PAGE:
Given two strings S1 and S2, which each only contain the lowercase letters a through z, write a program to determine if S1 and S2 are anagrams. The program must have a running time of O(n + m), where n and m are the lengths of S1 and S2, respectively, and it must have O(1) (constant) space usage.
First create an array A of length 26, representing the counts of each letter of the alphabet, with each value initialized to 0. Iterate through each character in S1 and add 1 to the corresponding entry in A. Once this iteration is complete, A will contain the counts for the letters in S1. Then, iterate through each character in S2, and subtract 1 from each corresponding entry in A. Now, if the each entry in A is 0, then S1 and S2 are anagrams; otherwise, S1 and S2 aren't anagrams.
Here is pseudocode for the procedure that was described:
def areAnagrams(S1, S2)
A = new Array(26)
for each character in S1
arrayIndex = mapCharacterToNumber(character) //maps "a" to 0, "b" to 1, "c" to 2, etc...
A[arrayIndex] += 1
for each character in S2
arrayIndex = mapCharacterToNumber(character)
A[arrayIndex] -= 1
for (i = 0; i < 26; i++)
if A[i] != 0
What is the least number of people that need to be in a room such that there is greater than a 50% chance that at least two of the people have the same birthday?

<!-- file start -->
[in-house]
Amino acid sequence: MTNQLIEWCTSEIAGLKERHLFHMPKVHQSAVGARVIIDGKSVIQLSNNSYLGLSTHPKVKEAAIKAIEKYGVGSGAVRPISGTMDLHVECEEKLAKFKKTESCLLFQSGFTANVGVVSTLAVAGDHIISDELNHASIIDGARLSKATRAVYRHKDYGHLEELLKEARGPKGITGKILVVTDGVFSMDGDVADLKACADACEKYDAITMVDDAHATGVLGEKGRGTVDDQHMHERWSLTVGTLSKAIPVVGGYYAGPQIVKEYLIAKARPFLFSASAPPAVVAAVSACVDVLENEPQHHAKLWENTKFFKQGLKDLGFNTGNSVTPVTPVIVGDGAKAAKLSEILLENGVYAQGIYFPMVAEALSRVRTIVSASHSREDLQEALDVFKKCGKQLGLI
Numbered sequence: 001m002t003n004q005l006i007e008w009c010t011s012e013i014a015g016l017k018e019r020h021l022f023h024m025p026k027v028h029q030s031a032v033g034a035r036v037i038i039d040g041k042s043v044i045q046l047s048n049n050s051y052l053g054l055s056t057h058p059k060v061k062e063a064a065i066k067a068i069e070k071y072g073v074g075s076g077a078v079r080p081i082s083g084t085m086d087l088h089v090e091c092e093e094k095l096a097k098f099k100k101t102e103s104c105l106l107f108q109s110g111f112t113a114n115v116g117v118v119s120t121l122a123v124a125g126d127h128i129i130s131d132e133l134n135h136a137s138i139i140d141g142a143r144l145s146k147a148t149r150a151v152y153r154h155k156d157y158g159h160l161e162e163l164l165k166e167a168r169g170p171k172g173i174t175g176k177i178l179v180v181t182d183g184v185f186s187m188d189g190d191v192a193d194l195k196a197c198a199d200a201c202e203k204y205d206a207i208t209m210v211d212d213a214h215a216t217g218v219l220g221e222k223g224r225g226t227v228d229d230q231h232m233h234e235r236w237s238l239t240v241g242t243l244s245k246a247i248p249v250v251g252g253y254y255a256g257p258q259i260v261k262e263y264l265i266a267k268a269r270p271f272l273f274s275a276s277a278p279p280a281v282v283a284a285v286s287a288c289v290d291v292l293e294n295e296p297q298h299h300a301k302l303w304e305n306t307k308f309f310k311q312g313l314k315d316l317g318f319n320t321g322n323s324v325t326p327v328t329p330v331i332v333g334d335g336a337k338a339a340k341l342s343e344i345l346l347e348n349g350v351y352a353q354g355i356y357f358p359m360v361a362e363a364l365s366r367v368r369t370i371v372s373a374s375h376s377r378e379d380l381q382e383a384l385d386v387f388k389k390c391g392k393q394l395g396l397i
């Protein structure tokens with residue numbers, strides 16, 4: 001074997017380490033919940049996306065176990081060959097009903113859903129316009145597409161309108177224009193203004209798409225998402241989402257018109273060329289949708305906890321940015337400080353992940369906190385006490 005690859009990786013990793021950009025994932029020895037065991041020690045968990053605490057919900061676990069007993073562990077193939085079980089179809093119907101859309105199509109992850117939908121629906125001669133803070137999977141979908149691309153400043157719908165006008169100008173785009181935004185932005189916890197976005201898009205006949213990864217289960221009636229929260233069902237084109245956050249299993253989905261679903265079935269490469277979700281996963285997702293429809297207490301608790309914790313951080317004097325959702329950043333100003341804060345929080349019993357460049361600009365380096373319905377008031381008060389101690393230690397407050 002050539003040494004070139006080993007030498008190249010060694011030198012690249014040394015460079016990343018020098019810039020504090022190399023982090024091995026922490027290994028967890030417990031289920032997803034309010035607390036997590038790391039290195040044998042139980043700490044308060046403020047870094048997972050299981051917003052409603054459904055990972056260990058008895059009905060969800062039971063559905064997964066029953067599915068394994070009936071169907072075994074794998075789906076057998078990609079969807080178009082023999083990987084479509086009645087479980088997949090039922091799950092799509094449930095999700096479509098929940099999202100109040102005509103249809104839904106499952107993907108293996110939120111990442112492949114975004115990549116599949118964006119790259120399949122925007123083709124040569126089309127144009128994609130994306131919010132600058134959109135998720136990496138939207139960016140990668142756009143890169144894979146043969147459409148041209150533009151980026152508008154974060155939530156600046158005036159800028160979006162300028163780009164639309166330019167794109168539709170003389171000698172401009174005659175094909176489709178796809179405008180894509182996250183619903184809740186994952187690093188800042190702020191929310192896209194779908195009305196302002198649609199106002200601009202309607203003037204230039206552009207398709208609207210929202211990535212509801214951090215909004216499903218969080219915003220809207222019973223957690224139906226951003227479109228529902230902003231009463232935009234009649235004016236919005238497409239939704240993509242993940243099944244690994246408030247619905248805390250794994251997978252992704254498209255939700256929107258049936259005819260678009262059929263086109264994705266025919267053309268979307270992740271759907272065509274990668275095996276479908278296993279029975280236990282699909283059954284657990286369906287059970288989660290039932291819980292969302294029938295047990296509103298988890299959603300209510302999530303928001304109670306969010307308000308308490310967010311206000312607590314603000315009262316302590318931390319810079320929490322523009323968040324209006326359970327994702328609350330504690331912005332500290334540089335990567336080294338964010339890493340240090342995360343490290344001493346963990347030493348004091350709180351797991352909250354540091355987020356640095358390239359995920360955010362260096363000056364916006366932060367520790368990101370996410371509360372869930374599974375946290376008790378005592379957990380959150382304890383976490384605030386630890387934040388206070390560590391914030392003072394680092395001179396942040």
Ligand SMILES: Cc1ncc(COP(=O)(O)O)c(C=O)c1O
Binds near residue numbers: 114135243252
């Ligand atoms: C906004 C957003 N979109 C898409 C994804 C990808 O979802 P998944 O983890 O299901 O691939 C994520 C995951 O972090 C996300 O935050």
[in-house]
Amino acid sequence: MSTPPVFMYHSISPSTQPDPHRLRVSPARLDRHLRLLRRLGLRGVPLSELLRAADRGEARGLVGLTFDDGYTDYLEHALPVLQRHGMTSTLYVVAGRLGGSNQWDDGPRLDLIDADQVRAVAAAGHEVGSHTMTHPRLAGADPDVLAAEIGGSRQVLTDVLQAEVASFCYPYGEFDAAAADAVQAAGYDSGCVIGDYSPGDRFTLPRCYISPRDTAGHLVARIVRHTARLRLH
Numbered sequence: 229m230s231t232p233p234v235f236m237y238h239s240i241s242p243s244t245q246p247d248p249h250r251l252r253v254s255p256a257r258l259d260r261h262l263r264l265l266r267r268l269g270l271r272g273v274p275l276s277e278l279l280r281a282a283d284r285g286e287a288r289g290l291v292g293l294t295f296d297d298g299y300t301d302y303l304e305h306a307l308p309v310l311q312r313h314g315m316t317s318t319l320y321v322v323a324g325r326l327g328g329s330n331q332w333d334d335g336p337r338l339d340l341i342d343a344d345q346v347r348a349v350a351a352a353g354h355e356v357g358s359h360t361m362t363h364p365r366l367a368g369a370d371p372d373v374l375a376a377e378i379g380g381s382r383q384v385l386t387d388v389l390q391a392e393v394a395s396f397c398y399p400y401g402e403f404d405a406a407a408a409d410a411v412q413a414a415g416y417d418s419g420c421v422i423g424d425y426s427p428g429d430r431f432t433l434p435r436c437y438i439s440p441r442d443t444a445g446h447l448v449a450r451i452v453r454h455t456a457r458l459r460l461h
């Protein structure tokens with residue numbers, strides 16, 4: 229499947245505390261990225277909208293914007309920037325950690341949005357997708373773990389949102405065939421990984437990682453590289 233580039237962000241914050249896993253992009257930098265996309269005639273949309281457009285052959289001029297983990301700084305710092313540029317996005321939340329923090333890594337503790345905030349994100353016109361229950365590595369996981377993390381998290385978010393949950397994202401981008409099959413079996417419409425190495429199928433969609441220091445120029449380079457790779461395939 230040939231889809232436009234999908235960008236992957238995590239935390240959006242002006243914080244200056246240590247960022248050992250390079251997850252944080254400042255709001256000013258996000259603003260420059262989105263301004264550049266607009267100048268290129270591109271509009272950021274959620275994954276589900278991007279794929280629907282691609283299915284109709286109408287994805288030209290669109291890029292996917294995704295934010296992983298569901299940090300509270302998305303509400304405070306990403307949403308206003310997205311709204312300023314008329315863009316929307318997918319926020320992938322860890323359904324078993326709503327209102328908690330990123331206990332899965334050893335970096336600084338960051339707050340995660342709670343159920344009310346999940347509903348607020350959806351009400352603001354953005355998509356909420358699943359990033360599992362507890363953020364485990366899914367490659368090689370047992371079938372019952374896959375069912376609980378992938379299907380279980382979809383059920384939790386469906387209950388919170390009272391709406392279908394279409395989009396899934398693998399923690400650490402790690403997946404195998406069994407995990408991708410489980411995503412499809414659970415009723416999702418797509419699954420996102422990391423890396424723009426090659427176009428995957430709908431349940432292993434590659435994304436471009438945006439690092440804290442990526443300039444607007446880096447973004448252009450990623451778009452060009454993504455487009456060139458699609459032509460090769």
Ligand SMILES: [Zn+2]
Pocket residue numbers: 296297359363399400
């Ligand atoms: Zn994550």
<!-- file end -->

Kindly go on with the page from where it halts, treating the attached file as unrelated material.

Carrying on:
Only 23 people need to be in the room.
Our first observation in solving this problem is the following:
(the probability that at least 2 people have the same birthday + the probability that nobody has the same birthday) = 1.0
What this means is that there is a 100% chance that EITHER everybody in the room has a different birthday, OR at least two people in the room have the same birthday (and these probabilities don't add up to more than 1.0 because they cover mutually exclusive situations).
With some simple re-arranging of the formula, we get:
the probability that at least 2 people have the same birthday = (1.0 - the probability that nobody has the same birthday)
So now if we can find the probability that nobody in the room has the same birthday, we just subtract this value from 1.0 and we'll have our answer.